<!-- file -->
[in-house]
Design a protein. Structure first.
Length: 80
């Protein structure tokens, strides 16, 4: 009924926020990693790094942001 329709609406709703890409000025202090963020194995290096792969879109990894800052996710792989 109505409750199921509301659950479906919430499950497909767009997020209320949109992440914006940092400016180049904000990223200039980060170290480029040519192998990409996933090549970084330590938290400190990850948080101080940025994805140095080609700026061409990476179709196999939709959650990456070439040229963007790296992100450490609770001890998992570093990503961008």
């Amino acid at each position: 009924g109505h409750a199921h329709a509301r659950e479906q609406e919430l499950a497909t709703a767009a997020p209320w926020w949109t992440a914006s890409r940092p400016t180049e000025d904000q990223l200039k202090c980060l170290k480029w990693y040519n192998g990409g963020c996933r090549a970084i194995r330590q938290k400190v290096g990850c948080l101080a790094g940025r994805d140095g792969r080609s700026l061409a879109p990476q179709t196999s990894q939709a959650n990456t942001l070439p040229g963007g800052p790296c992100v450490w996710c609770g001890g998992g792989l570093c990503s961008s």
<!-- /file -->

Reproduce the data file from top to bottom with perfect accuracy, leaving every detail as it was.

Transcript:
[in-house]
Design a protein. Structure first.
Length: 80
């Protein structure tokens, strides 16, 4: 009924926020990693790094942001 329709609406709703890409000025202090963020194995290096792969879109990894800052996710792989 109505409750199921509301659950479906919430499950497909767009997020209320949109992440914006940092400016180049904000990223200039980060170290480029040519192998990409996933090549970084330590938290400190990850948080101080940025994805140095080609700026061409990476179709196999939709959650990456070439040229963007790296992100450490609770001890998992570093990503961008």
């Amino acid at each position: 009924g109505h409750a199921h329709a509301r659950e479906q609406e919430l499950a497909t709703a767009a997020p209320w926020w949109t992440a914006s890409r940092p400016t180049e000025d904000q990223l200039k202090c980060l170290k480029w990693y040519n192998g990409g963020c996933r090549a970084i194995r330590q938290k400190v290096g990850c948080l101080a790094g940025r994805d140095g792969r080609s700026l061409a879109p990476q179709t196999s990894q939709a959650n990456t942001l070439p040229g963007g800052p790296c992100v450490w996710c609770g001890g998992g792989l570093c990503s961008s």